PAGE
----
In the current left-center government, Labour went along with the Center Party’s demands for more protectionism and more support for farmers, which led to the controversial new tariffs on imported cheese and meat and sent prices up again at the grocery store. A non-socialist government is expected to reverse them.
Oil revenue use
Jensen has long campaigned for more use of Norway’s oil revenues, instead of stashing the vast majority of them away in a fund for future generations. Solberg also wants to spend more, but not as much as Jensen, and the Conservatives and the two other non-socialist parties, the Christian Democrats and the Liberals, want to abide by the rule limiting spending to 4 percent of the size of the fund.
The Labour-led coalition won’t spend any more than the 4 percent limit, and has spent less.
This turned into a bigger campaign issue than expected as the parties argued over how families should be able to use the 59 weeks of fully paid parental leave they get upon the birth of a child.
On this issue, the non-socialists are arguing among themselves, with the Conservatives and Progress Party keen to remove a requirement that at least 14 weeks must be used by fathers. Their potential partners, the Christian Democrats and the Liberals, want to keep the “pappa quota,” as do all three left-center parties: Labour, the Center Party and the Socialist Left.
Here the non-socialists want more flexibility over how working time should be determined, and they want to ease other restrictions on employers as well. The incumbent government parties want to maintain all current restrictions and actively fight against social dumping and exploitation of foreign labour.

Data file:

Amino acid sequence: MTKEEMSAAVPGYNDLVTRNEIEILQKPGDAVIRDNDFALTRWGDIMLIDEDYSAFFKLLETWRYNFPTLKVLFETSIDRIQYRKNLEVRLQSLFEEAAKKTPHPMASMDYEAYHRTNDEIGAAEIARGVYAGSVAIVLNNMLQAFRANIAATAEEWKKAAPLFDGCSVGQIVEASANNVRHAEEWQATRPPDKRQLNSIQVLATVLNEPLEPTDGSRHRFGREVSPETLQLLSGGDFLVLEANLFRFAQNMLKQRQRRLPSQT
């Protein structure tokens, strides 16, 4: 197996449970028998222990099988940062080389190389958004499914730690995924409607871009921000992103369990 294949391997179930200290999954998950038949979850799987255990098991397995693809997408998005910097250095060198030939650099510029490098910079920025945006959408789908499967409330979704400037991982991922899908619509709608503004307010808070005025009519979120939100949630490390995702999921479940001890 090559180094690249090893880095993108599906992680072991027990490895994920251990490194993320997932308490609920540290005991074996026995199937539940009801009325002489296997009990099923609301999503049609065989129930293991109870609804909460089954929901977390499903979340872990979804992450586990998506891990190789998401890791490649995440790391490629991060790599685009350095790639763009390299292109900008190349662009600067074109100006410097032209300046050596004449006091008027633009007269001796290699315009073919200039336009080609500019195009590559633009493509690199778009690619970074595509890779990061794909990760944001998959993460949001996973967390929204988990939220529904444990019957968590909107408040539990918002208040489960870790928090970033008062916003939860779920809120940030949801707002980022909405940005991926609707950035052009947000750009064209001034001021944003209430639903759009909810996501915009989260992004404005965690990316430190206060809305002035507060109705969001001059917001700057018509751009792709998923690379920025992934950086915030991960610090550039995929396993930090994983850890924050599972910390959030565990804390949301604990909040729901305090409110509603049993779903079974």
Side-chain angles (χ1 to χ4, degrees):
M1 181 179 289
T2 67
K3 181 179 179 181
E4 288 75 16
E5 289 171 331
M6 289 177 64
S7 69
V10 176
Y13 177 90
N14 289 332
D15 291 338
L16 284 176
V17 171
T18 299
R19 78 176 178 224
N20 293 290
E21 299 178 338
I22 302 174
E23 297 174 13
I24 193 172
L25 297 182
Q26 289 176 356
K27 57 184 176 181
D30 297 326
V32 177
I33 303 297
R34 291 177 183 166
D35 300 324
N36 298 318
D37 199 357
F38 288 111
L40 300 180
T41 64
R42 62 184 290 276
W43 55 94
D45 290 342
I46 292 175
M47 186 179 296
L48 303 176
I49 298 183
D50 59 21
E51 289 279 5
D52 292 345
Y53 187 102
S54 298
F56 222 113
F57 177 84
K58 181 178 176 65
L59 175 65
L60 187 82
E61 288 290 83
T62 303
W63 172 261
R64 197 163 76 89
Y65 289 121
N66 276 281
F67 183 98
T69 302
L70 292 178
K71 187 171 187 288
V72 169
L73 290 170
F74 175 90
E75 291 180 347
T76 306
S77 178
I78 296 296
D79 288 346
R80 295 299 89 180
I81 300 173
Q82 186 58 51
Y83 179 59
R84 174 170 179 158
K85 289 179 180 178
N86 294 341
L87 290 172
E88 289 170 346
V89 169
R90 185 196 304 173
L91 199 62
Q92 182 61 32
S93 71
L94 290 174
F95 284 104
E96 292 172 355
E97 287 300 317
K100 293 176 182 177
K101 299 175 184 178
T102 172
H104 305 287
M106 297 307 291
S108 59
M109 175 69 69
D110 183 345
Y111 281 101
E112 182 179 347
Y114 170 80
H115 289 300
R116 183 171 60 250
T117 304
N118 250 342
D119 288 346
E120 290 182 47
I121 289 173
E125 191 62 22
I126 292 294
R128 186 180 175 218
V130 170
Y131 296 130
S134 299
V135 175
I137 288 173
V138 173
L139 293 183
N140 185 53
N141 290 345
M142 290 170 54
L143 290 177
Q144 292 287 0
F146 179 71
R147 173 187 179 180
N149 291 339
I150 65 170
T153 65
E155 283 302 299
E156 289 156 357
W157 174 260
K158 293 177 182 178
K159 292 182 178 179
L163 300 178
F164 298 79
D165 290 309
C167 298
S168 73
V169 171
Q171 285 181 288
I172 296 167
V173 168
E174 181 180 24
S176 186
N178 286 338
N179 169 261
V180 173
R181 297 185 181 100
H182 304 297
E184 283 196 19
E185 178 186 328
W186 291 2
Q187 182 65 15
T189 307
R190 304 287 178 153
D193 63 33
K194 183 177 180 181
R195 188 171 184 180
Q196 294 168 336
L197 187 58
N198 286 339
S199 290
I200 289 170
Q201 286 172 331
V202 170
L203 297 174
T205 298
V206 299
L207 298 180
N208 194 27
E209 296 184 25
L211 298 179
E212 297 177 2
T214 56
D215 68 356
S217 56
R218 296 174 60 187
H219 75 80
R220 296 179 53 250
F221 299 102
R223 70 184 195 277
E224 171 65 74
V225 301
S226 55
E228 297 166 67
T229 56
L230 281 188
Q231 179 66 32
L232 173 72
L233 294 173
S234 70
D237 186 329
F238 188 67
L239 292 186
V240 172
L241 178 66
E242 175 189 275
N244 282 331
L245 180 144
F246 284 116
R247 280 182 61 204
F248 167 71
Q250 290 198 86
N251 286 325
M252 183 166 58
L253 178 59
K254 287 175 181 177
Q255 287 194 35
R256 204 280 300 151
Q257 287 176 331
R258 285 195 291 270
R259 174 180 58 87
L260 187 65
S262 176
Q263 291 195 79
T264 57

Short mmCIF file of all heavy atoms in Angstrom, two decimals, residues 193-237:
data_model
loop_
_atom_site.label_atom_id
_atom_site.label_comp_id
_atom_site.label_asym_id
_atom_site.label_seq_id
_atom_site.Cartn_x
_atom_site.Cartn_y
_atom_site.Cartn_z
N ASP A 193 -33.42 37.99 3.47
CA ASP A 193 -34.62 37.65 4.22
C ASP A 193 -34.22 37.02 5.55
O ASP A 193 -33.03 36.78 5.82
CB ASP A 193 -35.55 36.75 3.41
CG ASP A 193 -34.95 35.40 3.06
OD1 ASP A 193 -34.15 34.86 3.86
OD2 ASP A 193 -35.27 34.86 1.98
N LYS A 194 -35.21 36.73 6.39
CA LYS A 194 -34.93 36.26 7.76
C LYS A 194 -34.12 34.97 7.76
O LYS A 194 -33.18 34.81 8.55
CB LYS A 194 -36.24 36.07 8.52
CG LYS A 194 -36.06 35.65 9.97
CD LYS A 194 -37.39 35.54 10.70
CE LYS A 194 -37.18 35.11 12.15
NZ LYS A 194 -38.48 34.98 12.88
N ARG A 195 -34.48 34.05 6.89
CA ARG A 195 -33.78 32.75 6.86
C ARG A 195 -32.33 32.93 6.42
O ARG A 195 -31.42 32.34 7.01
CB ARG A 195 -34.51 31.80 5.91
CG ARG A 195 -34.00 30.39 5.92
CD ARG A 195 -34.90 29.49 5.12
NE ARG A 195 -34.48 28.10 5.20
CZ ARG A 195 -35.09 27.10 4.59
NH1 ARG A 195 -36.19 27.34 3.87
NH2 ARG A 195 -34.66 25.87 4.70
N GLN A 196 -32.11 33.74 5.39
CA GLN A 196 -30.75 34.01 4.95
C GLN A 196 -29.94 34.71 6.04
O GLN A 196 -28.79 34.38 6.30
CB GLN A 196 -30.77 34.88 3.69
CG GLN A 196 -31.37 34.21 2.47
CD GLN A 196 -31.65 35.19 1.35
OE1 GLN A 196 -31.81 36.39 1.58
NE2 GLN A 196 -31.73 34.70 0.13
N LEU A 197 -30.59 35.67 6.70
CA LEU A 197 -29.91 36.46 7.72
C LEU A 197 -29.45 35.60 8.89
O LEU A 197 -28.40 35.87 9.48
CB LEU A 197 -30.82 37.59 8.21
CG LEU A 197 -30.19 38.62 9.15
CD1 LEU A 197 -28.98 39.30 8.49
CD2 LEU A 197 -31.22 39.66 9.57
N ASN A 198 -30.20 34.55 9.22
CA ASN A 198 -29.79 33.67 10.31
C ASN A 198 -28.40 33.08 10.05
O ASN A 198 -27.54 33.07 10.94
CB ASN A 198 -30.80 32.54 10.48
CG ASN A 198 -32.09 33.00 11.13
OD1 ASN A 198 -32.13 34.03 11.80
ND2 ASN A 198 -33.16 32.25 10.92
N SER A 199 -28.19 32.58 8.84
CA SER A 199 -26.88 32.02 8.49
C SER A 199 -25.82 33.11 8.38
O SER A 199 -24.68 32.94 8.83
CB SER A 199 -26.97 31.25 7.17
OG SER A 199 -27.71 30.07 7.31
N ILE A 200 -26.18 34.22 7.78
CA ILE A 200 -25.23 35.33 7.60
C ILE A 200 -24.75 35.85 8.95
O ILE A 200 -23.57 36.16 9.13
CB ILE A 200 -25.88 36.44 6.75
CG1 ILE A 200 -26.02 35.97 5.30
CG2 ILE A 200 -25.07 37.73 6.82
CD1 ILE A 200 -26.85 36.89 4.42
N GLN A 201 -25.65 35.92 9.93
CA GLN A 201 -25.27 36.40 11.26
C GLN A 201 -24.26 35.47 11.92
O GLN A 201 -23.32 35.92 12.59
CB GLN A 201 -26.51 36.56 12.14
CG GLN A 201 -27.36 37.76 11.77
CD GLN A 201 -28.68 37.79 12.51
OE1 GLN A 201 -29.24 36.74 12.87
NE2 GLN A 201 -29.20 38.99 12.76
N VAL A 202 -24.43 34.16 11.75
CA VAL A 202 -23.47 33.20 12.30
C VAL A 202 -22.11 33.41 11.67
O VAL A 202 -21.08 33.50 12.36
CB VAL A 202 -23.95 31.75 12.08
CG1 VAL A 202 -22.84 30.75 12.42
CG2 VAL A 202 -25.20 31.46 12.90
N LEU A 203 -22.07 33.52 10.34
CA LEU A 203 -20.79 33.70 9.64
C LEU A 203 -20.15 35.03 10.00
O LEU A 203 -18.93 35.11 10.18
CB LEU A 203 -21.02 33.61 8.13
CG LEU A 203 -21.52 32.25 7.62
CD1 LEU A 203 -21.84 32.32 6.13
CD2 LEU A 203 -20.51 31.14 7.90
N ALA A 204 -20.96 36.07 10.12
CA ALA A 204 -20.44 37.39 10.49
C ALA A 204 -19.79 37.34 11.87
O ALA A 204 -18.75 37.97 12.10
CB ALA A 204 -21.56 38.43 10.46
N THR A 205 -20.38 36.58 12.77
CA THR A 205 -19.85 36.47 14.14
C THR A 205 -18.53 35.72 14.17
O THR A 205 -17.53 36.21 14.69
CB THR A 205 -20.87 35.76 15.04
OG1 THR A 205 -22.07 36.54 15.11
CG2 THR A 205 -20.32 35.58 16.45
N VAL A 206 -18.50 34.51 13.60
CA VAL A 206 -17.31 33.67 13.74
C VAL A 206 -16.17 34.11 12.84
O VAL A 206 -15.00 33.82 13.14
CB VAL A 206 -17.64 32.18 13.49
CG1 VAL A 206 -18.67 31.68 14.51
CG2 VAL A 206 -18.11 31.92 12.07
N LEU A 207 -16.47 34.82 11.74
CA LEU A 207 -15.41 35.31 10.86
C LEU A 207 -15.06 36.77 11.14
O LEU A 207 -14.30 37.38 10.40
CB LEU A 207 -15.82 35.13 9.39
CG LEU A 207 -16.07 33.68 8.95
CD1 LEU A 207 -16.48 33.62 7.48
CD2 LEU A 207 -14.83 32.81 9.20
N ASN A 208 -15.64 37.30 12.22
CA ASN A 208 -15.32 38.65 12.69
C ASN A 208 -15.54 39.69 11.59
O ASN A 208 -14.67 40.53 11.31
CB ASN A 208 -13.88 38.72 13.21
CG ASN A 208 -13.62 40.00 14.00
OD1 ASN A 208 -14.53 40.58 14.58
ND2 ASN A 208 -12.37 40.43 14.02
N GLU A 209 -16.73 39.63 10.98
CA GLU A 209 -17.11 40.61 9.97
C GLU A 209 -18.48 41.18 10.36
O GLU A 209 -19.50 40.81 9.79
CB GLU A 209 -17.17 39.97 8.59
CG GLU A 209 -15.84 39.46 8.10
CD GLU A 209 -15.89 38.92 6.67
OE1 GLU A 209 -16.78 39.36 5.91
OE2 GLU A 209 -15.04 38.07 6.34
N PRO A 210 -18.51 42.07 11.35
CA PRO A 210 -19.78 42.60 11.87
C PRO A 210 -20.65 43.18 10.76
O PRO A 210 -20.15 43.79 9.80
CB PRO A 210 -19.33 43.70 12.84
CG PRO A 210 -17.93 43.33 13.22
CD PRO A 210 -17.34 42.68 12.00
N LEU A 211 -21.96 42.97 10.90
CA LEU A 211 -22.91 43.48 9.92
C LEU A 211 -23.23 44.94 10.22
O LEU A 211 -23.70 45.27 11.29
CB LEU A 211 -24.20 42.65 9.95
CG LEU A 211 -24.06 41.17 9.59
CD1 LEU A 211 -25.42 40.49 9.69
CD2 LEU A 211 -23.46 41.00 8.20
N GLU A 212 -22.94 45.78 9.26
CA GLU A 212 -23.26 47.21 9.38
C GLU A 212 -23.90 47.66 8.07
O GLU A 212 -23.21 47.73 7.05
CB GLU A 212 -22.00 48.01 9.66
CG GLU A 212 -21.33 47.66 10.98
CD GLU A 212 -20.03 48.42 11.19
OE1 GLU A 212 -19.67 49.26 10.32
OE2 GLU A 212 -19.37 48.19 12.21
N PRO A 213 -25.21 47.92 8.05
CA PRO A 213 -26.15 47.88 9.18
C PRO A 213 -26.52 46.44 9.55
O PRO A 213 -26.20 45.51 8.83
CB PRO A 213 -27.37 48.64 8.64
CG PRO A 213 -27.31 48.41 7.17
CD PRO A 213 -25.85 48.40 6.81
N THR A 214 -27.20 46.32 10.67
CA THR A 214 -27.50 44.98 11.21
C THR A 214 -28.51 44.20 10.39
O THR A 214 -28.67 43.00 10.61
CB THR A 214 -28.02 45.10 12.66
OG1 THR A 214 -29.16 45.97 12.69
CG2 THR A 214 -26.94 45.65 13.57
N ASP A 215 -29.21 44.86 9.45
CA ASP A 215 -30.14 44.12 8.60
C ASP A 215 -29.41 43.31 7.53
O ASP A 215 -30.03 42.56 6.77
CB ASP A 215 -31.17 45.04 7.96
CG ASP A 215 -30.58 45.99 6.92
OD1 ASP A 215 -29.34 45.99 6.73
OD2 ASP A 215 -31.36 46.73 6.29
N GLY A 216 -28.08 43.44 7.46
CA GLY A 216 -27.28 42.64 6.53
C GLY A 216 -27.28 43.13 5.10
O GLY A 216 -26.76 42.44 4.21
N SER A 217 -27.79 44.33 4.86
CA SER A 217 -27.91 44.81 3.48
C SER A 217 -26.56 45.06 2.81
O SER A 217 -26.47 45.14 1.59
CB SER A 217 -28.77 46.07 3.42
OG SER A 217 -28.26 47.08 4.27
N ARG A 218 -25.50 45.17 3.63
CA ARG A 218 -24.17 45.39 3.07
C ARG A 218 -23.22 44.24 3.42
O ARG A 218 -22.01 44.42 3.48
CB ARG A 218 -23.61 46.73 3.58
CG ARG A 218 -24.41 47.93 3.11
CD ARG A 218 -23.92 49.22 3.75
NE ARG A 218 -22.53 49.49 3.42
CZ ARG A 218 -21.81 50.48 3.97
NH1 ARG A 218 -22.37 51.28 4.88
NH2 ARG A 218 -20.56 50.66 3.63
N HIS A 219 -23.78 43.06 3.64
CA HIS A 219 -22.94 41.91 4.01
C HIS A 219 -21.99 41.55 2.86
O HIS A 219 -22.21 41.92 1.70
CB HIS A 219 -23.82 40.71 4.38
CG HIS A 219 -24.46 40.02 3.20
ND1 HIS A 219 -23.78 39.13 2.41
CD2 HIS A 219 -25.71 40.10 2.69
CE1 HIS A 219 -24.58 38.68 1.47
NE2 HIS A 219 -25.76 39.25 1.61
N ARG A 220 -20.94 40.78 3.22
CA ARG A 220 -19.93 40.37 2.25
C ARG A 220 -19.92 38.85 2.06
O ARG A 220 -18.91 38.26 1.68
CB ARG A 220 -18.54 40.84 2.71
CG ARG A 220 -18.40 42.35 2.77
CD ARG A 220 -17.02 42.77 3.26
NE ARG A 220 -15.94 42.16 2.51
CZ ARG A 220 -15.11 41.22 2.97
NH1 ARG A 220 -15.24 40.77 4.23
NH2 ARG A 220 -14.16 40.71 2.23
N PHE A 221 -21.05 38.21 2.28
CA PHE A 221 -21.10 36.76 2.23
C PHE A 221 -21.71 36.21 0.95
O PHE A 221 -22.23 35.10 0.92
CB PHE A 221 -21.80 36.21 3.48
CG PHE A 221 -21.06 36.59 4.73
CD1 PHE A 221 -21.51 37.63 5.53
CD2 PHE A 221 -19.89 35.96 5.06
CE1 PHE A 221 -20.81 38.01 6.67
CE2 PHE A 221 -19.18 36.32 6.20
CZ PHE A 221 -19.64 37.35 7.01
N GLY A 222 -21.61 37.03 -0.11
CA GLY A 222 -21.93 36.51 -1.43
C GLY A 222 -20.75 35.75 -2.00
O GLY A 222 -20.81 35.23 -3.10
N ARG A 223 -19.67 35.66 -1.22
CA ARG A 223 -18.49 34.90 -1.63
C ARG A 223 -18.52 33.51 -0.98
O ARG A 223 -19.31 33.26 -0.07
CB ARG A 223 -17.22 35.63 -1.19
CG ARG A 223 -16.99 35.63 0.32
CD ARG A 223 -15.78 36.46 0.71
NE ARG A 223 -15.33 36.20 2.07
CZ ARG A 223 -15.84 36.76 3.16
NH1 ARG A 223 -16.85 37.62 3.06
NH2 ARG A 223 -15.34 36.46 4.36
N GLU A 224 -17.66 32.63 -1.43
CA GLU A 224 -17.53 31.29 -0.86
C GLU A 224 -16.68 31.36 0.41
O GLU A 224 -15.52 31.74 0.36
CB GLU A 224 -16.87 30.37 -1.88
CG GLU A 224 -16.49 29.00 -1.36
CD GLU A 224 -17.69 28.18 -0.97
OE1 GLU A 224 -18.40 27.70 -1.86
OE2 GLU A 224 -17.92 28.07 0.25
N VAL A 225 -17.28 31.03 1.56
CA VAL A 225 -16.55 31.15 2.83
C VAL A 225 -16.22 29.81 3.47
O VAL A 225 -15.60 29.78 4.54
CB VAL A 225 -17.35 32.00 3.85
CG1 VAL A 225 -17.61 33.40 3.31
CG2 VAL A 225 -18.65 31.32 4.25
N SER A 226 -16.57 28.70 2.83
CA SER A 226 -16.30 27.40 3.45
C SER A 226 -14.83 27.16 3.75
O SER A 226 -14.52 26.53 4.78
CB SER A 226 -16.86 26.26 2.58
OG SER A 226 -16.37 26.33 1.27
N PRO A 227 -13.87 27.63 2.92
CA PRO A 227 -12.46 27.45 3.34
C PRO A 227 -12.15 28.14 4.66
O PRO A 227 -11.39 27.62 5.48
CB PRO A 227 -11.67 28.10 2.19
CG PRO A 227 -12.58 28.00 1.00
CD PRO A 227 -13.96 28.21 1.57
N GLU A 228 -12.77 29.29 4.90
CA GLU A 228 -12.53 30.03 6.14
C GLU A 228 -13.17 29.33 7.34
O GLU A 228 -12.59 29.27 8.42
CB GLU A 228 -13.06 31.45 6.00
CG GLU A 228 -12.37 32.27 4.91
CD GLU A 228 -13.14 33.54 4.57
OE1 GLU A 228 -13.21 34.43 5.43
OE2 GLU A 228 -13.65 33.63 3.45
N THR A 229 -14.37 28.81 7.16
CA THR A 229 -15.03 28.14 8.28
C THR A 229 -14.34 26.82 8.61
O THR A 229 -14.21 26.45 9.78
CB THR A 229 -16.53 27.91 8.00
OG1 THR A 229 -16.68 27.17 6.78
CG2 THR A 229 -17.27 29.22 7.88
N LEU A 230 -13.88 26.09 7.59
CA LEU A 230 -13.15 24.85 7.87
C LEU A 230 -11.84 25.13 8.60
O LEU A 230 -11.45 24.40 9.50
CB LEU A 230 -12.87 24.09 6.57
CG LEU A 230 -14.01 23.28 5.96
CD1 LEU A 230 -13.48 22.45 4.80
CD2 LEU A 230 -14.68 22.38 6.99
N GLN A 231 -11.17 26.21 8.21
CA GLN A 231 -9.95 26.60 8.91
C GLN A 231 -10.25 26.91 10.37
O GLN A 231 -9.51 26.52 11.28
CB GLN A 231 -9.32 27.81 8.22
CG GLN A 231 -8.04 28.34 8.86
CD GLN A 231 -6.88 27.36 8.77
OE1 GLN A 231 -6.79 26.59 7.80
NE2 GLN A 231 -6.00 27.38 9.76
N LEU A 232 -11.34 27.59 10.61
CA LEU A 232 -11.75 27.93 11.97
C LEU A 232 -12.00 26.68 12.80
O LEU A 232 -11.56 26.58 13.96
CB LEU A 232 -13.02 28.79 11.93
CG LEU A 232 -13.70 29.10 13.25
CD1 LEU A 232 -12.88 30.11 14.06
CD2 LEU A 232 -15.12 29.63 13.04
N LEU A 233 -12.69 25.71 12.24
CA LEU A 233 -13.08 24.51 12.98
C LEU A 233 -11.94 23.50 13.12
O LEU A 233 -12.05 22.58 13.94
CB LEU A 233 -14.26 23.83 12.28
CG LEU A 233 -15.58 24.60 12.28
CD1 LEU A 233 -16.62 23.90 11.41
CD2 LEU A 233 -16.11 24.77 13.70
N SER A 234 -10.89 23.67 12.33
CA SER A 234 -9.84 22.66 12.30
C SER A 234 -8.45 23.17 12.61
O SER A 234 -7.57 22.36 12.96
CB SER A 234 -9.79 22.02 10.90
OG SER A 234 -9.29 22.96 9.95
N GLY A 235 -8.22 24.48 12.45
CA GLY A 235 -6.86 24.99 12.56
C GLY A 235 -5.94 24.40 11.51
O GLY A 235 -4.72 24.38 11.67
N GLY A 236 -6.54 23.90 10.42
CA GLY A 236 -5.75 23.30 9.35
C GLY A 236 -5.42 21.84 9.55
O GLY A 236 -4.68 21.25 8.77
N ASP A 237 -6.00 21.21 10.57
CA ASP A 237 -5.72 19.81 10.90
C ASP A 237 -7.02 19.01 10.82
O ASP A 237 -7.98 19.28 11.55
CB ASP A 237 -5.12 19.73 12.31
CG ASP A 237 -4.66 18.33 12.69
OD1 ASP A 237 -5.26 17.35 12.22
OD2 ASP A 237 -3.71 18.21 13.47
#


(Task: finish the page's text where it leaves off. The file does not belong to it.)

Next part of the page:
Hospitals and health care
The Labour-led parties want to maintain a strong public health care system and full state control over hospitals. They don’t want to turn hospital care over to the private sector.
The non-socialist parties want to allow more private players into the health care system and they want the state to send more patients stuck on waiting lists over to private clinics. The Conservatives recently raised eyebrows by revealing that they may increase the relatively small portion of health care costs that are paid by patients (called egenandel), with Labour officials claiming that’s not much different than a tax increase. The Conservatives also have been accused of not clarifying how they would pay for health care improvements, since they also favour tax cuts.